Matthew Schneider

The AZPOST board accepted without comment the voluntary relinquishment of peace officer certification for Matthew Schneider, a former officer.

A former Glendale Police officer and a current officer were on the June 17 Arizona Police Officer Standards and Training (AZPOST) board agenda.

The AZPOST board, which has the ability to grant, suspend and revoke certifications, accepted without comment the voluntary relinquishment of peace officer certification for Matthew Schneider, a former officer.

Schneider, called “an arrest machine” in a glowing 2017 annual review, was the subject of numerous investigations and disciplinary actions.

The most serious came after a July 2017 traffic stop, during which Schneider repeatedly used his Taser on a man who was in handcuffs and deemed to be not resisting arrest.

Schneider was suspended—but not until more than a year after the incident.

According to a September 2018 Glendale Police Department notice to Schneider, “The subject got tangled in the seatbelt and was taken to the ground by Officer (Michael) Fernandez. Officer Fernandez had control of the subject who was face-down and handcuffed on the ground. The male suspect was no longer resisting once the handcuffs were applied. You delivered a 2 or 3 second drive stun to the suspect’s right shoulder.

“This application of force was not within policy as the resistance had stopped.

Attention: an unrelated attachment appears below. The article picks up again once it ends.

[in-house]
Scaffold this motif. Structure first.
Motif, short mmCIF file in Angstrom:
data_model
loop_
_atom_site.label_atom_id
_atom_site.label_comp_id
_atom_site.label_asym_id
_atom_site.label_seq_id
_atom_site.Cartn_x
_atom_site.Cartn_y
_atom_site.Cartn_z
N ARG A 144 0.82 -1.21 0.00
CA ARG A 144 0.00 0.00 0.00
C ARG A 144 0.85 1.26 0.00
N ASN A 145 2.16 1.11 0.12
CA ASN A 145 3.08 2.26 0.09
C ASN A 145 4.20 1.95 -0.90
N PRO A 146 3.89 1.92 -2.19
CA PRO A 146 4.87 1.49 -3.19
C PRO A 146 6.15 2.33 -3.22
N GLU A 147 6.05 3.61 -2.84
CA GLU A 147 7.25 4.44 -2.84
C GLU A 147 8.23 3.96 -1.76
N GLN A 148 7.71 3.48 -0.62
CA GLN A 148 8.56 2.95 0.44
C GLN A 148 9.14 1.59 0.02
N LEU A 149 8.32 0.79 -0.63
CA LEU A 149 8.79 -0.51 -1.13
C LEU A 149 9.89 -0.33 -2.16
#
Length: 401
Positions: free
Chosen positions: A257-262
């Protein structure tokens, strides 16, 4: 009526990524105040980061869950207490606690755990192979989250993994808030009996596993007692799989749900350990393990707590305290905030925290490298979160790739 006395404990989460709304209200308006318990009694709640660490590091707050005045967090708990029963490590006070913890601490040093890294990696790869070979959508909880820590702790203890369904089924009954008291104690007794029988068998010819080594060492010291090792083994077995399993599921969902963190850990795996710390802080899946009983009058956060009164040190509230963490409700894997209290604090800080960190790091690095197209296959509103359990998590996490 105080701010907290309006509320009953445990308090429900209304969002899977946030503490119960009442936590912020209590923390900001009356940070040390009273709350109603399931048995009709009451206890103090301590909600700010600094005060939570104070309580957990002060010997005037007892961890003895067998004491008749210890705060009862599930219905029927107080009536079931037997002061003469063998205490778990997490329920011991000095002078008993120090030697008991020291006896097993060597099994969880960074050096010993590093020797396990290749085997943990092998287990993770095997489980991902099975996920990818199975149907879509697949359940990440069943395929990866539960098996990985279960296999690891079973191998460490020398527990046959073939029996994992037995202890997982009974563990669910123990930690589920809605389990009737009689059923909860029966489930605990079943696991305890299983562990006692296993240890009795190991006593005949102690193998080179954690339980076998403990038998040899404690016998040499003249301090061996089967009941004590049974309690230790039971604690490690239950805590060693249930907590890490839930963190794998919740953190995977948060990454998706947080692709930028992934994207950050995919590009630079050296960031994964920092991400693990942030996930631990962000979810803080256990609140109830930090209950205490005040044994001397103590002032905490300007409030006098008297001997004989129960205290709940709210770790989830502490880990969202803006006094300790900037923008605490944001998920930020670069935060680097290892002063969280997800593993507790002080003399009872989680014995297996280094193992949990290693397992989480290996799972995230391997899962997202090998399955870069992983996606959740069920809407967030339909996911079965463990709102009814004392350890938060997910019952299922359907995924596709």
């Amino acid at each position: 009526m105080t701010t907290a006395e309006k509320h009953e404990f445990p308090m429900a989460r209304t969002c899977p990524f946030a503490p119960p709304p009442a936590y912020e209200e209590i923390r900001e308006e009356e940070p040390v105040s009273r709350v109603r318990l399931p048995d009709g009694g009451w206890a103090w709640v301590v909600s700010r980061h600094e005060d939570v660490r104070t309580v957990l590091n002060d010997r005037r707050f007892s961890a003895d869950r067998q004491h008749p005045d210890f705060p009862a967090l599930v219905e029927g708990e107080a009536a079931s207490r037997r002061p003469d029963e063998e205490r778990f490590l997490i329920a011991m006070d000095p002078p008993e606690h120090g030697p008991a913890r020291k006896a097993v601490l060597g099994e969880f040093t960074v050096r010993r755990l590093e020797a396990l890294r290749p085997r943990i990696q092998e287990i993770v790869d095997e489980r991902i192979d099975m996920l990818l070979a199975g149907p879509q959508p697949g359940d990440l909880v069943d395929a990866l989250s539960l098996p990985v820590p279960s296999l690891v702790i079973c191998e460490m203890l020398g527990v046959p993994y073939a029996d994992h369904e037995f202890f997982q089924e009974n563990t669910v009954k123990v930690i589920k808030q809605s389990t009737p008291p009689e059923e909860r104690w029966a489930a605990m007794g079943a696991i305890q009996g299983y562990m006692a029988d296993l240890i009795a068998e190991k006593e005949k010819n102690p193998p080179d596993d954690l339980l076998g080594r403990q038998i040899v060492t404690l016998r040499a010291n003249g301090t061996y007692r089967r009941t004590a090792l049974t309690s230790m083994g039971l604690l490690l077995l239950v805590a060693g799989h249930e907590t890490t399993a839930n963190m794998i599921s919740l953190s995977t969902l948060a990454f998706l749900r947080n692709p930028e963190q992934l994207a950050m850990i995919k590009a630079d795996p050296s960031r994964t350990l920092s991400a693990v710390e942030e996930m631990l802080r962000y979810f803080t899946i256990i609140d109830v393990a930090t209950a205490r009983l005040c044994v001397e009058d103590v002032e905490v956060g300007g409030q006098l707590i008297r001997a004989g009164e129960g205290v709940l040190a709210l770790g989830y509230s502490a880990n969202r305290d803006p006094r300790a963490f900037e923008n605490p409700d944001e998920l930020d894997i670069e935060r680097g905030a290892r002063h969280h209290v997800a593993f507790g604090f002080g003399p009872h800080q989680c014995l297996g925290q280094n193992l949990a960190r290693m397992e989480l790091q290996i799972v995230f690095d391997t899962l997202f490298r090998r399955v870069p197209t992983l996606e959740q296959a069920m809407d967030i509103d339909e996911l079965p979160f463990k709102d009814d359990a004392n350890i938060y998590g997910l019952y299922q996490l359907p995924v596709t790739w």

“The male suspect was complying with Officer Fernandez.The suspect’s feet were close to where you were standing, when the male suspect swung his legs around and appeared to kick you. You reacted by kicking him in the groin. You stated you kicked the suspect in the groin with the tip of your right boot. You then placed your Taser on his right buttockand drive-stunned the subject in the right lower buttocks/groin.”

According to the notice, “It is the philosophy of the Glendale Police Department to use only the amount of force or control reasonably necessary to conduct lawful public safety activities and the mission of the department.” 

On June 29, 2018, Schneider received a written reprimand. “During the course of this investigation several witnesses brought forth examples of accounts in which they believed you displayed verbal or physical conduct that had the purpose or effect of unreasonably interfering with their work performance. Witnesses described instances of you being insubordinate, bullying, and making inappropriate comments to others routinely. This conduct led to intra-squad fighting and low morale. 

“Officer Schneider, you engaged in harassing behavior by repeated statements that you refused to ride with certain members of the squad, that often you wouldn’t respond to Officers on the squad about work matters, in some cases you seemed to be specifically acting in opposition of what was necessary to accomplish the work mission at hand,” said the notice from Rich LeVander, assistant chief of police.

A review of Schneider’s personnel file also shows he did not put a knife he was holding away when ordered to do so, leading to an injury.